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## Question about the allocate procedure

Beginner
173 Views

Hi!

I`m wondering for what reason can it be that for an allocate statement like

if(.not. allocated(a)) then

allocate(a(size),stat=stat,errmsg=errmsg)

else if (size(a) /= size) then

deallocate(a,stat=stat,errmsg=errmsg)

allocate(a(size),stat=stat,errmsg=errmsg)

end if

gives a stat status of 0 when errmsg is 'Allocatable array or pointer is not allocated'?

7 Replies
Black Belt
173 Views

You are using a single variable, STAT, to record three different status results. Consider, for example, what happens when A is already allocated, and size(A) = the value of the variable SIZE (one more point of confusion, between the intrinsic SIZE and a variable called 'size'). In this case, STAT is not even set by the code that you showed. It may retain a previous value, or it may even be undefined.

It may be much easier to understand what is happening if you use STAT=stat1 for the first ALLOCATE statement, STAT=stat2 for the DEALLOCATE statement, and STAT=stat3 for the second ALLOCATE statement.

Beginner
173 Views

mecej4 wrote:

You are using a single variable, STAT, to record three different status results. Consider, for example, what happens when A is already allocated, and size(A) = the value of the variable SIZE (one more point of confusion, between the intrinsic SIZE and a variable called 'size'). In this case, STAT is not even set by the code that you showed. It may retain a previous value, or it may even be undefined.

It may be much easier to understand what is happening if you use STAT=stat1 for the first ALLOCATE statement, STAT=stat2 for the DEALLOCATE statement, and STAT=stat3 for the second ALLOCATE statement.

The declaration of stat & errmsg is

integer(kind=4) :: stat
character(len=256) :: errmsg

And in the statements I proposed, the variable 'size' in 'allocate(A(size),stat=stat,errmsg=errmsg)' is a symbolistic sign which shows the form used in real codes.

For example, it can be

if(.not.allocated(Rh(i)%ffc)) then
allocate(Rh(i)%ffc(sub(i)%Noc),stat=stat,errmsg=errmsg)
Rh(i)%ffc = (0.0d0,0.0d0)
else if(size(Rh(i)%ffc) /= sub(i)%Noc) then
deallocate(Rh(i)%ffc,stat=stat,errmsg=errmsg)
allocate(Rh(i)%ffc(sub(i)%Noc),stat=stat,errmsg=errmsg)
Rh(i)%ffc = (0.0d0,0.0d0)
end if

where the declaration of Rh(i)%ffc is

'type assem_t

complex(kind=8),allocatable,dimension(:) :: FFc'

end type assem_t'

and the declaration of Rh is

type(assem_t),allocatable,dimension(:) :: Rh

allocate(Rh(60),stat=stat,errmsg=errmsg)

where variables 'stat' and 'errmsg' are same to the statement proposed above.

Moderator
173 Views

But, Wen, to mecej4's point, is it not possible that you enter neither the if condition nor the else condition, thereby potentially having "garbage" or previous values in stat and errmsg?

Beginner
173 Views

Pamela H. (Intel) wrote:

But, Wen, to mecej4's point, is it not possible that you enter neither the if condition nor the else condition, thereby potentially having "garbage" or previous values in stat and errmsg?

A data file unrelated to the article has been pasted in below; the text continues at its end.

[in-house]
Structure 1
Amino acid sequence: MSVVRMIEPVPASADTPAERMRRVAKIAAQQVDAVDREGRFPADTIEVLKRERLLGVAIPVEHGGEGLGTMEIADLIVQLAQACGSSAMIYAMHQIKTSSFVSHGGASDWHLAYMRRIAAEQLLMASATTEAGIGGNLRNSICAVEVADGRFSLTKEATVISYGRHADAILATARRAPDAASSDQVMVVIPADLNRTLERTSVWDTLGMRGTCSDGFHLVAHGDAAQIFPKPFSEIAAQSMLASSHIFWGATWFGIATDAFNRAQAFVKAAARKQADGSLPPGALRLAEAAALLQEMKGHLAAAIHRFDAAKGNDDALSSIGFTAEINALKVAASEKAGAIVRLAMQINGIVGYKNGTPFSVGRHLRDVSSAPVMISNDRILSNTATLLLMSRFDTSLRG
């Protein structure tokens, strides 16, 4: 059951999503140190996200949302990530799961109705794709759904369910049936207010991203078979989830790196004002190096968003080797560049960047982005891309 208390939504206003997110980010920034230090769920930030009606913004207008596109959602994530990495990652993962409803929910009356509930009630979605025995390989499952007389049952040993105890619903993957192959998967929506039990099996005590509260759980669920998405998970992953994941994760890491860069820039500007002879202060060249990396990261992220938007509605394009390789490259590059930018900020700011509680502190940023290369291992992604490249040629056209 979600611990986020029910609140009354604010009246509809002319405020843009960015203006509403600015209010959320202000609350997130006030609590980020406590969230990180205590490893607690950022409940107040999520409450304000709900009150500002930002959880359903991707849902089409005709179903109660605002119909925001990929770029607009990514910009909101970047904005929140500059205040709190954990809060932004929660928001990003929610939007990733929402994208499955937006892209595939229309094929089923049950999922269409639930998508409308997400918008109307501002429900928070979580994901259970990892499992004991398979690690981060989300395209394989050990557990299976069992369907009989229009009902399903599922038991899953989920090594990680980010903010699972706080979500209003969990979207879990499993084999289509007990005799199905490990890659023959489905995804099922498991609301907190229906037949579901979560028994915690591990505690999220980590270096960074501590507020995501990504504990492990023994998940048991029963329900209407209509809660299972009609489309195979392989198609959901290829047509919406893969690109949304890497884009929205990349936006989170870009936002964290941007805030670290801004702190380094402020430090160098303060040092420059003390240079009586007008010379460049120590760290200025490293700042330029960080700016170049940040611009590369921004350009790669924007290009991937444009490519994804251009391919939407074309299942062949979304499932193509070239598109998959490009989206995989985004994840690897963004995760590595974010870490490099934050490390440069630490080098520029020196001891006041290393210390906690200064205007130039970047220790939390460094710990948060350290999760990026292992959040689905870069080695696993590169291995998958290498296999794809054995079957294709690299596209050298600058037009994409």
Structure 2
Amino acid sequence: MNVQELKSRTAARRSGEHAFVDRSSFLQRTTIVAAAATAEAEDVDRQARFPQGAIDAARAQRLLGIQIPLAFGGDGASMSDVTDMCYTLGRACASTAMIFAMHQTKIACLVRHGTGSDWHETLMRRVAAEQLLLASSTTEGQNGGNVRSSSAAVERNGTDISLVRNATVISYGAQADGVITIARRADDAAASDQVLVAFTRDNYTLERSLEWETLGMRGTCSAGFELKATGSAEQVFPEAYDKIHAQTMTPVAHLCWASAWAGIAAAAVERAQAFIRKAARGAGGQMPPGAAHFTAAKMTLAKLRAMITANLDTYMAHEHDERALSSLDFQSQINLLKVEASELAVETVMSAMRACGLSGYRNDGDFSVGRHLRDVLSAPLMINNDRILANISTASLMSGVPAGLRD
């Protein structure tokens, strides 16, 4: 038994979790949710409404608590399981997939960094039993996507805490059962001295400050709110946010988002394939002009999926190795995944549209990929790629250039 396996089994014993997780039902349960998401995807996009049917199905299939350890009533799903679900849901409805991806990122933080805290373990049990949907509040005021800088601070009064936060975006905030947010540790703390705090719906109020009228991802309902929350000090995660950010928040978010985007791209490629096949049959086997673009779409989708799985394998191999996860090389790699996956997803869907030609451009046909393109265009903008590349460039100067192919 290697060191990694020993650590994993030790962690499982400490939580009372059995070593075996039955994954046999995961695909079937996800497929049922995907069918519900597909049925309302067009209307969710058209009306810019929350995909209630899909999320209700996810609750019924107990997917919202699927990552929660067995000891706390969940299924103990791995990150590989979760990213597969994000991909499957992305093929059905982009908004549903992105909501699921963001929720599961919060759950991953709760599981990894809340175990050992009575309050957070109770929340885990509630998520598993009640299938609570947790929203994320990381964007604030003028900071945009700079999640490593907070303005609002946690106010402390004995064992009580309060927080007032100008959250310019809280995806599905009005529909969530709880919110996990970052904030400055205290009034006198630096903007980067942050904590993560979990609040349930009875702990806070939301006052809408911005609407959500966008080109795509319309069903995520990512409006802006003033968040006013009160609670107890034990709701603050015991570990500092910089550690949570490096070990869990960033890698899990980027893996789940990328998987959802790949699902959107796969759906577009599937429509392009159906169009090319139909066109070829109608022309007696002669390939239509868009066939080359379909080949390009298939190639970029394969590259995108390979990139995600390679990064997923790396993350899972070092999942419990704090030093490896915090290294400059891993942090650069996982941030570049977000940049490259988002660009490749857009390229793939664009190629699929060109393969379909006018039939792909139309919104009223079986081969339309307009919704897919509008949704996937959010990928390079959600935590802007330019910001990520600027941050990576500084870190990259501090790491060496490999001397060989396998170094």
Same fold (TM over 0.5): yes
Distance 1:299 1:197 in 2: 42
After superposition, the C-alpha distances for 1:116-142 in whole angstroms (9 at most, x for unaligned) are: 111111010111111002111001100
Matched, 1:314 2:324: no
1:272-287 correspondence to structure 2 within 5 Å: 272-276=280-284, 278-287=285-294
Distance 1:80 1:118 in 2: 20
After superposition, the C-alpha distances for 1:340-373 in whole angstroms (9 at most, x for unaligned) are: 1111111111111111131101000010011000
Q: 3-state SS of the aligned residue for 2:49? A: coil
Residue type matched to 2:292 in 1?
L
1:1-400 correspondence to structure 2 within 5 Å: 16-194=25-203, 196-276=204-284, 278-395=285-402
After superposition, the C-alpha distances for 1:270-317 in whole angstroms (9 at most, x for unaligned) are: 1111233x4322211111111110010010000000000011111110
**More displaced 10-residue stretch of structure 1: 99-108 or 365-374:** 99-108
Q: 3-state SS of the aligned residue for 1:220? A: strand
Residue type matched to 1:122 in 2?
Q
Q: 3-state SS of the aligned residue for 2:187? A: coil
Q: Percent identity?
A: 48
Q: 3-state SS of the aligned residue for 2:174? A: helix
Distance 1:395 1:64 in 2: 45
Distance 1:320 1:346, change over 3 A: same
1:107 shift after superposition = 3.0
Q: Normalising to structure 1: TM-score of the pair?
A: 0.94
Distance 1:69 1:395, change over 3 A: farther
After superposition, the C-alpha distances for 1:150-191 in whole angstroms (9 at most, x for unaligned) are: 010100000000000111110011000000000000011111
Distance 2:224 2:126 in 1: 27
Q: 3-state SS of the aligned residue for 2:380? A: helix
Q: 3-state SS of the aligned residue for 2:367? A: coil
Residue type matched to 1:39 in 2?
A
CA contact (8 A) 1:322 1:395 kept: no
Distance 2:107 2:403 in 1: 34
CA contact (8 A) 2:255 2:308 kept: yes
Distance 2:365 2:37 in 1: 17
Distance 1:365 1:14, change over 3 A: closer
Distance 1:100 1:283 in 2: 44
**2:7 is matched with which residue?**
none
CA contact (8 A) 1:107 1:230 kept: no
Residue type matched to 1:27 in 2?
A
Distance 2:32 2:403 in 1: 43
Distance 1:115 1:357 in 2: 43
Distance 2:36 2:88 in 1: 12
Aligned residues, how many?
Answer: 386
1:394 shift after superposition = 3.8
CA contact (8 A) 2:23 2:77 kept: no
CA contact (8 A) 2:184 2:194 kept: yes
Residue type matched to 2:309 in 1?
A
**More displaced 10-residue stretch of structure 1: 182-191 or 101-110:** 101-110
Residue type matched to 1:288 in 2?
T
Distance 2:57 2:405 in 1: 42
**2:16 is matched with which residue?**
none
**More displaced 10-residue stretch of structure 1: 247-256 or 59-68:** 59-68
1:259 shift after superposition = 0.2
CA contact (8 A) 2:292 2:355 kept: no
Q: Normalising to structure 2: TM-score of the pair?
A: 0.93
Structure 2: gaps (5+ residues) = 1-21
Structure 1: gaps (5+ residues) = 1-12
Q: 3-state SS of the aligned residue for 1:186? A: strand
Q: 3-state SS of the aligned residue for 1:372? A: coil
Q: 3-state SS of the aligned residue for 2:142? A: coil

I`ve checked my codes in detail and fixed this problem caused by an array which should be deallocate before used it again, what a careless man I`m. And there is only one question left to be solved.

When I`m trying to deallocate an array(this time the array is allocated correct), and the compiler return an error "Critical error detected c0000374' , I check out the disassembled codes, the error occurs after statement "call for_realloc_lhs (07FF7A8A227AAh)" , and the error statement is ' mov rax qword ptr [rbq+510h]'

In my opinion, the array to be deallocate is 'health enough' of which the values are initialized, but why this error happens?

Moderator
173 Views

Wen,

Are you still working on this? If so . . .

You say it's a compiler error:

For Compile Time: if you are freeing an array that you previously allocated, the issue could be in the math. If you do any pointer arithmetic, you may be using the wrong type size for calculating a buffer. Or you may be deallocating 10 long int values when you had allocated 10 regular int values, in which case you may be freeing memory that does not belong to you (or to this particular process).

For Run Time: Often when you allocate memory (malloc/new/etc.) a heap error is detected, but that heap error had occurred previously. So the issue may not be at the instruction you are looking at. If you read/write other buffers before  ' mov rax qword ptr [rbq+510h]', look there for problems.

Pamela

Beginner
173 Views

Pamela H. (Intel) wrote:

Wen,

Are you still working on this? If so . . .

You say it's a compiler error:

For Compile Time: if you are freeing an array that you previously allocated, the issue could be in the math. If you do any pointer arithmetic, you may be using the wrong type size for calculating a buffer. Or you may be deallocating 10 long int values when you had allocated 10 regular int values, in which case you may be freeing memory that does not belong to you (or to this particular process).

For Run Time: Often when you allocate memory (malloc/new/etc.) a heap error is detected, but that heap error had occurred previously. So the issue may not be at the instruction you are looking at. If you read/write other buffers before  ' mov rax qword ptr [rbq+510h]', look there for problems.

Pamela

Hi Pamela,

Thanks for your time! I`ve solved this problem, and it was exactly what you pointed out

Wen

Moderator
173 Views